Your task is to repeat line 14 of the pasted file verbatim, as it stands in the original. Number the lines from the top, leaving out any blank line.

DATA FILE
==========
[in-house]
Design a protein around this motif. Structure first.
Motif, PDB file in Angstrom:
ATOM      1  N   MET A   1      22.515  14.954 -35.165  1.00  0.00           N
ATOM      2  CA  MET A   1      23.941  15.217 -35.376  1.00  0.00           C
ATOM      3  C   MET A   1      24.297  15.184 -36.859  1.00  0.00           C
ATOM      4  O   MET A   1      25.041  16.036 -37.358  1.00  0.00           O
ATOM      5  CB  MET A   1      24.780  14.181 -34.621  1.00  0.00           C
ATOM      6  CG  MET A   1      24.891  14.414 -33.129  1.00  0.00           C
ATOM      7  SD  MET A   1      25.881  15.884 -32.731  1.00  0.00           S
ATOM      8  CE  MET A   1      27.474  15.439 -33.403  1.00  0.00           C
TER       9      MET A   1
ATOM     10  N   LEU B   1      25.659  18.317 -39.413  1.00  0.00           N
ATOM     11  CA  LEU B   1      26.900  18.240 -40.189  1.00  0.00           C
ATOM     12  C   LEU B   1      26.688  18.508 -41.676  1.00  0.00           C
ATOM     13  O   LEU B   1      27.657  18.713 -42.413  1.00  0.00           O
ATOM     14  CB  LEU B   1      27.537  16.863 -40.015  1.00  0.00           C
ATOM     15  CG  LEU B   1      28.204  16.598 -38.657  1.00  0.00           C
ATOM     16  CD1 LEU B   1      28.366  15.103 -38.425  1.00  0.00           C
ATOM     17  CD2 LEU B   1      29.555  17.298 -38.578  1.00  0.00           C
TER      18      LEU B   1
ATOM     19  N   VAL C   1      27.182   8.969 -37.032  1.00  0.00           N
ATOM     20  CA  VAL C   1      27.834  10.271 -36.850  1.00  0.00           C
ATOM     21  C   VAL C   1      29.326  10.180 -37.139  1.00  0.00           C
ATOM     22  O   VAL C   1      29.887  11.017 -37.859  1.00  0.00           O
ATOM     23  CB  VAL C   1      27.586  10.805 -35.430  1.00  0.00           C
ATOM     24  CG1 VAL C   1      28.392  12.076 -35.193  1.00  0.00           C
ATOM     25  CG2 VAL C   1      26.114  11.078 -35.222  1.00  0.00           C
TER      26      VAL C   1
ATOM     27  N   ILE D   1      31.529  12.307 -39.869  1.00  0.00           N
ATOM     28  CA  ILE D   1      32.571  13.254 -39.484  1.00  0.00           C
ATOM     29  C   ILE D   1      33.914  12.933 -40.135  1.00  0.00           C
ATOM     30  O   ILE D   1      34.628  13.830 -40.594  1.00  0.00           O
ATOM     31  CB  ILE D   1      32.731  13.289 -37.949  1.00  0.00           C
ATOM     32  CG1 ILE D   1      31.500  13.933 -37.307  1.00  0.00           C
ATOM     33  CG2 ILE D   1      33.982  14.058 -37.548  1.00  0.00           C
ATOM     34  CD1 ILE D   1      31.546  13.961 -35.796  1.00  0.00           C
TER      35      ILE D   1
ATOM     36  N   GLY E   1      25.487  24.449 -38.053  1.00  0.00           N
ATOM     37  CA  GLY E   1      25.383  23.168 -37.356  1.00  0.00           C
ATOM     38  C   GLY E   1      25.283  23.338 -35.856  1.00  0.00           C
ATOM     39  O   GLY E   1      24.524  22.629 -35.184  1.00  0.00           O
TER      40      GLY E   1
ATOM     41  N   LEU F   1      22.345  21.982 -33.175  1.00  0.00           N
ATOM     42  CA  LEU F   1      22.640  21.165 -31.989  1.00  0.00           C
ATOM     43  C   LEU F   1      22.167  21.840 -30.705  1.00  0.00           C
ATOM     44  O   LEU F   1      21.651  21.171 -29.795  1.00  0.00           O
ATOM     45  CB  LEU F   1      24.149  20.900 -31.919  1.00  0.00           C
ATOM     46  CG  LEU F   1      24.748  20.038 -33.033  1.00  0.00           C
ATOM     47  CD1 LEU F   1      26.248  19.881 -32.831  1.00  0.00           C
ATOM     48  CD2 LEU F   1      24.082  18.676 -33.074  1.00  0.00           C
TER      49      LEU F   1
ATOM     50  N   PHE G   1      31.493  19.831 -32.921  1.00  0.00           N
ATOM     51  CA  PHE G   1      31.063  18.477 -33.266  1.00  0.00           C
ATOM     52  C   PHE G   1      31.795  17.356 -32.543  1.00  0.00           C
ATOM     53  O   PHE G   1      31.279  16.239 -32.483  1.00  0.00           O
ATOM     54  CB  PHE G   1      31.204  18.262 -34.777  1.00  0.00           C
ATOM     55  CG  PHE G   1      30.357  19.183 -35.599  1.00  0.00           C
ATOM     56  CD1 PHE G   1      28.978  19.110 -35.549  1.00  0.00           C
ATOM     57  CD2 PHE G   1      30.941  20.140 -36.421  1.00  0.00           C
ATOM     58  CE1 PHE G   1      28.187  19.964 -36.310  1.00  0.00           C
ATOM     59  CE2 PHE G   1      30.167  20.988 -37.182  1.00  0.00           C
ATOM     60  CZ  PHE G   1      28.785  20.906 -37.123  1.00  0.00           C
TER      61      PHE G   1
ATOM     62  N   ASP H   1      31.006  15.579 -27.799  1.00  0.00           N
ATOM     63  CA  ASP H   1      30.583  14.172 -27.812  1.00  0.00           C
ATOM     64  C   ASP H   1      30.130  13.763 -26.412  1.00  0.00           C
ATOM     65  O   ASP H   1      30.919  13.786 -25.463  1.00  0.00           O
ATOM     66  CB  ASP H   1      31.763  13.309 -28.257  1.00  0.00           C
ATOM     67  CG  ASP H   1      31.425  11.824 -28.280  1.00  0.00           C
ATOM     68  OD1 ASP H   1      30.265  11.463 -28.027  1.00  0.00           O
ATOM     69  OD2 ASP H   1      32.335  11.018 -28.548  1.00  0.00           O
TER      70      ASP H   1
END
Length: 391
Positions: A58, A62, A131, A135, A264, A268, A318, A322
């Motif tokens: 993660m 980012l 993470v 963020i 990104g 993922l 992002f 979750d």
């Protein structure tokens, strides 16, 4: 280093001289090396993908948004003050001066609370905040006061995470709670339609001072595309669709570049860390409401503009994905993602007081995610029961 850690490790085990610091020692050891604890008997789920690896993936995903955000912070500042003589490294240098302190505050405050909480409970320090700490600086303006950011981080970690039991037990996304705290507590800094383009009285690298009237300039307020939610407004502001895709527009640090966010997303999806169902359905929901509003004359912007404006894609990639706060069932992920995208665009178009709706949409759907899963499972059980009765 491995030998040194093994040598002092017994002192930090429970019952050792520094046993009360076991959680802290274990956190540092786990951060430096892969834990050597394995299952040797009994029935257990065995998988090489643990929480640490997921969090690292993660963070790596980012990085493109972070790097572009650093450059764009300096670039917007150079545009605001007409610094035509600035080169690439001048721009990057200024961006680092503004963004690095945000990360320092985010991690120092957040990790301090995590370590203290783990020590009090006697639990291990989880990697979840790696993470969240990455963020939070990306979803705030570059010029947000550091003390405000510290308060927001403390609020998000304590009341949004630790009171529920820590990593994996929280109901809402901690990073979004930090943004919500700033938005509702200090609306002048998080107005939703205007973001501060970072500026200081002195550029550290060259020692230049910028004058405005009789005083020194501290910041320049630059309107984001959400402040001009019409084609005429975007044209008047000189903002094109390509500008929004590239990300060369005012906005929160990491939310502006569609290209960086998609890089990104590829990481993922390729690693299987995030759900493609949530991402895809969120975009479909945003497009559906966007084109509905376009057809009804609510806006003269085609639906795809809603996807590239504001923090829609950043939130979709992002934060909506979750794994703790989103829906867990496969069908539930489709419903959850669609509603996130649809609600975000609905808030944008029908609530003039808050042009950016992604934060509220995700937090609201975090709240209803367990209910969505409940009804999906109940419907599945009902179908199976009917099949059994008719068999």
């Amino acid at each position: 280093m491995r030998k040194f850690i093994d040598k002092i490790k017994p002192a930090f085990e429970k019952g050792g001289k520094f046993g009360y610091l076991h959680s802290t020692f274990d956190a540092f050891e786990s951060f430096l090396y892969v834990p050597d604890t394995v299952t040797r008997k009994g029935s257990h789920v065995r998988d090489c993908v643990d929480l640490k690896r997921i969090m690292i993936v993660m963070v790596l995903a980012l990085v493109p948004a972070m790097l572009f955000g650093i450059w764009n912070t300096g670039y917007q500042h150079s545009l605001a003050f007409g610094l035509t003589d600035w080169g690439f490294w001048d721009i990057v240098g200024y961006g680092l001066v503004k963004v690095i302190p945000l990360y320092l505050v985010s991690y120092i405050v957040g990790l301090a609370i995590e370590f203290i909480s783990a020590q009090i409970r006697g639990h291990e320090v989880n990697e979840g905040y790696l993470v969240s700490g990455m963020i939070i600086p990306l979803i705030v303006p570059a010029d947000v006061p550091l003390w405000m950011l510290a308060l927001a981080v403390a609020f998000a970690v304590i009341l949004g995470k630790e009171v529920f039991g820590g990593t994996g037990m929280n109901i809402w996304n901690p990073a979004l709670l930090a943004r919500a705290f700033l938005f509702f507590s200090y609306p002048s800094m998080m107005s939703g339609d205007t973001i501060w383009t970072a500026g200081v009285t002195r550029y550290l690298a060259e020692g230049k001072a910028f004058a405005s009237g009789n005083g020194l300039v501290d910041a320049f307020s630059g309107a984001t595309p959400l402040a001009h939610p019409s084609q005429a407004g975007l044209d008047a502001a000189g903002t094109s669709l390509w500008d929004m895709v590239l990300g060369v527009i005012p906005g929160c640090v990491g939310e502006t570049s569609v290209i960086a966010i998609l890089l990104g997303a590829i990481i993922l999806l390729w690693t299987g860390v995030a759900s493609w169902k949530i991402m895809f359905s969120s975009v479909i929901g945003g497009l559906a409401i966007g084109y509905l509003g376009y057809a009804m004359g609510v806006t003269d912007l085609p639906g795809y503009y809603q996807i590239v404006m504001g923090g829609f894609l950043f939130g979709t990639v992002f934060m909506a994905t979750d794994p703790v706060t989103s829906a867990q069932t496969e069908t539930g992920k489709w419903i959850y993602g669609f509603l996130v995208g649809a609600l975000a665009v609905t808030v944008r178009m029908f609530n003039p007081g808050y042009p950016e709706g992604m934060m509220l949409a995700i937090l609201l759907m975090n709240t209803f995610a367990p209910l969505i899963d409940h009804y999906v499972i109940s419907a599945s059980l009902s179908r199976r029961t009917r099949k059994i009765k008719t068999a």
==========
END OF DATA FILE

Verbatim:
ATOM     11  CA  LEU B   1      26.900  18.240 -40.189  1.00  0.00           C